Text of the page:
Psychedelic profiles ibogaine
Ibogaine is a psychoactive compound found in several plants, most notably in the roots of the iboga tree, and has been used medicinally and ceremoniously in West Africa for centuries.
Although ibogaine is not listed as a scheduled substance by the United Nations, possession of it is strictly regulated or prohibited in several Western countries – restricting its adoption. The map below illustrates the regulatory status of ibogaine around the world.
The entheogen has an established history in the treatment of substance use disorders, particularly in South America where its use remains unregulated. Ibogaine has the potential to decrease substance misuse, particularly opioid use disorder, which has become an epidemic across North America.
Two clinical trials are currently underway to investigate ibogaine’s medical utility, in the treatment of methadone detoxification and alcoholism. Observational studies funded by MAPS, at independent treatment centres in Mexico and New Zealand, found ibogaine has the potential to decrease a patient’s misuse of opiates and symptoms of withdrawal after a single dose.
However, ibogaine consumption can have an adverse impact on the cardiovascular system, resulting in over 20 recorded fatalities in the past 30 years. A Dutch study at Radboud University found nearly half of the patients showed a delay in ventricular repolarisation, the time it takes for the heart muscle to recharge between beats, of 0.45 seconds following administration.
Due to its relatively low safety profile, particularly in comparison to other psychedelic medicines, several drug developers are researching ibogaine analogues with mitigated risks.
DemeRx, in partnership with atai Life Sciences, is developing both ibogaine and noribogaine, ibogaine’s principal psychoactive metabolite, as treatments for opioid dependence. The latter has a greater affinity for opioid receptors than ibogaine and in March 2021 DemeRx received approval from the MHRA to conduct clinical trials in the UK.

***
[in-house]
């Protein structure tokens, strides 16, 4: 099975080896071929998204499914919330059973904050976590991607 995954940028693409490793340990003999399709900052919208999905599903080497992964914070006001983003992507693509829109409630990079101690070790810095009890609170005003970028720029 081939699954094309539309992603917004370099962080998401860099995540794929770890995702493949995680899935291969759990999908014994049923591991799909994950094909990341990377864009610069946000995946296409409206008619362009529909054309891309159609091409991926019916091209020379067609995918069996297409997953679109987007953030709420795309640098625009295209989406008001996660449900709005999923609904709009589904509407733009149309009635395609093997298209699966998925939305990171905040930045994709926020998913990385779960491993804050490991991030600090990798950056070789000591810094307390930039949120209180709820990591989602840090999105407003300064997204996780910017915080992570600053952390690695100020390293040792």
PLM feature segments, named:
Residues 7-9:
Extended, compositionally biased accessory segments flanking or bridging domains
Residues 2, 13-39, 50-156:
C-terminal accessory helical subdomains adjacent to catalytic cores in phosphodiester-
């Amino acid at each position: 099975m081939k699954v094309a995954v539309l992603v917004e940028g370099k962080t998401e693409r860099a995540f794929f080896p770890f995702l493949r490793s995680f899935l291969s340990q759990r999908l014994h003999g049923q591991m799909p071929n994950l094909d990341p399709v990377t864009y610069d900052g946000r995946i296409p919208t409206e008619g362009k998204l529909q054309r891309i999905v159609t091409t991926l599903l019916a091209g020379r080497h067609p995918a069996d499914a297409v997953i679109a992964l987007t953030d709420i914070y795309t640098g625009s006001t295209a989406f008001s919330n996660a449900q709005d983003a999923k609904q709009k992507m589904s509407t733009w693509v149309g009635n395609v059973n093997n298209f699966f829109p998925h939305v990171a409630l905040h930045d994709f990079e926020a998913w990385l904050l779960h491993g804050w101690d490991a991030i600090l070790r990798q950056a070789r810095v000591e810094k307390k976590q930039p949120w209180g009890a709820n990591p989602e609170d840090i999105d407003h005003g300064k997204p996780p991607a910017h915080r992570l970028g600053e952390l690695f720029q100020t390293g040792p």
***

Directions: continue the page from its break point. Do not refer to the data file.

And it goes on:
First synthesised in a laboratory in 1996, 18-Methoxycoronaridine (18-MC) is an ibogaine derivative developed to reduce the substance’s impact on heartbeat regularity. In 2014, Savant HWP filed an IND application with the FDA for 18-MC; however, the regulatory review was stalled until MindMed acquired the company in 2019.
In January 2022, MindMed completed its Phase 1 clinical trial with 18-MC in the treatment of opioid withdrawal and opioid use disorder, with topline results expected later this year.
Robert Barrow, Chief Executive Officer and Director of MindMed, commented, ‘The growing opioid crisis claims over 75,000 lives each year…While ibogaine has been used and studied as a treatment for opioid addiction, its efficacy, while promising, has been overshadowed by significant safety concerns. Our proprietary molecule, 18-MC, has indicated an encouraging safety profile and preclinical efficacy data.’
Delix Therapeutics has developed a completely non-hallucinogenic analogue, tabernanthalog. In rodents the compound has been shown to have anti-addictive properties and to promote neural plasticity. However, it remains to be seen if the non-hallucinogenic nature of tabernanthalog undermines its efficacy in humans.
There has been a backlash against the negative side effects of long-term use and addiction to opioids, with over 75,000 deaths attributed to opioid overdose in the US alone. Opioid use disorder costs the US economy US$227 billion a year and ibogaine treatments are rarely covered by health insurance providers. When paid for privately, a course of treatment can be priced between US$5,000 and US$8,000 – presenting lucrative opportunities for treatment providers.
In Europe, where pharmaceutical opioids are more rigorously controlled, opioid use disorder still costs the economy US$4.7 billion a year. In response, a number of ibogaine treatment centres have been established in favourable jurisdictions where the medicine is either available on prescription or unregulated.
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